This same feel of disregard and perplexity again is repeated on pages 20-21. A man watches Perrier plummet onto the pavement and the immortals enter the building while drinking espresso and smoking a cigarette before declaring “No, I’m out of those games” and then he walks away still possessing some hesitancy about his choice as show by Kindt’s 6 panel page with unvarying background.
Sharp clean bright color art would be out of place in this book. Instead of adding to the subtle oppression and confusion perpetuated by the plot, a style like Jim Lee’s work on the X-Men or Justice League would rob the reader of the full mind jolt of Mind MGMT. The surreal proportions of Kindt’s characters not only fit with the tone of the story, but actively work to enhance the story’s evocative power. The ink lines that initially struck me as hasty, when paired with the words and events in the panels have turned expressive and lively and add to the tension Meru feels as she dashes through the pages and propagates the paranoia that gnaws the mind when one begins questioning the reliability of one’s senses…or even when one reads about a character questioning the reliability of her senses. The skewed proportions and vanishing support lines in the art bolster the sinister sensation of the world not connecting or merging as expected.
Gestalt theory’s “the whole is greater than the sum of its parts” works wonders akin to Kool-Aid in Dixie cups at capturing and keeping an audience. The plot, the art, the dialogue, the characters, the colors, the presentation and meta-reading activities (Kindt offering a contest for finding planted clues in each issue will lead readers to a MindMGMT webpage) unite more tightly than any coupling described in the Kama Sutra to produce an ideal comic book reading experience.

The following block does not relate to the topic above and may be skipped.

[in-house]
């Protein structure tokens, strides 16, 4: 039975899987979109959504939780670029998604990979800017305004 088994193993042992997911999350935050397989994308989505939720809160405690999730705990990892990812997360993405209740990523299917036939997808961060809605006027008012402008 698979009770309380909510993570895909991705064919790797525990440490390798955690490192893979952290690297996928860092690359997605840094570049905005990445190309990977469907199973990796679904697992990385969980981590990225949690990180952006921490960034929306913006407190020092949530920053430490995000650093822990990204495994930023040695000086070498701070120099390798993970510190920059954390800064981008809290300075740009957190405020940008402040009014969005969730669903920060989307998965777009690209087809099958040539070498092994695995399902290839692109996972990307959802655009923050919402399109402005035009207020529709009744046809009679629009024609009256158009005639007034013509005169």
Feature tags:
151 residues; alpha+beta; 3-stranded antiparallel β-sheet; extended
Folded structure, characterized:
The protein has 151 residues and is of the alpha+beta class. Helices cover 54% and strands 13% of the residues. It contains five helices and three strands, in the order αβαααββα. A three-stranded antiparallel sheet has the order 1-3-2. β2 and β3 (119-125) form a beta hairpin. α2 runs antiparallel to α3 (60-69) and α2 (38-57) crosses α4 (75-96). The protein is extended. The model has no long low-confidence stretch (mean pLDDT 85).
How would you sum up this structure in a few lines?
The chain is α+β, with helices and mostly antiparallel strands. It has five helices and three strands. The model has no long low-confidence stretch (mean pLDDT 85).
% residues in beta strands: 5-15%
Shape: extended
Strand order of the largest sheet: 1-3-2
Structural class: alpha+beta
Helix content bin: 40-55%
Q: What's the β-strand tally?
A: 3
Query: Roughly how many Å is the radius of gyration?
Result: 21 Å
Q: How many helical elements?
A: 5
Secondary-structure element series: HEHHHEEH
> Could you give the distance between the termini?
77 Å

The Joys of Unknown Plots (in fiction)
While the absence of conventional art and spandex may not agitate most comic-book readers, the absence of a clear plot does tend to carry its own unique set of annoyances to an audience. When the majority of questions about a story result in repeated replies of “I don’t know,” questioners may begin to suspect that they’re wasting time reading scrambled nonsense. While the plot to Mind MGMT proves difficult to relay, Kindt does a masterful job at giving the reader enough details to ground the story and orient the reader while leaving a plethora of questions and hints at plot possibilities to maintain his audience's curiosity and excitement.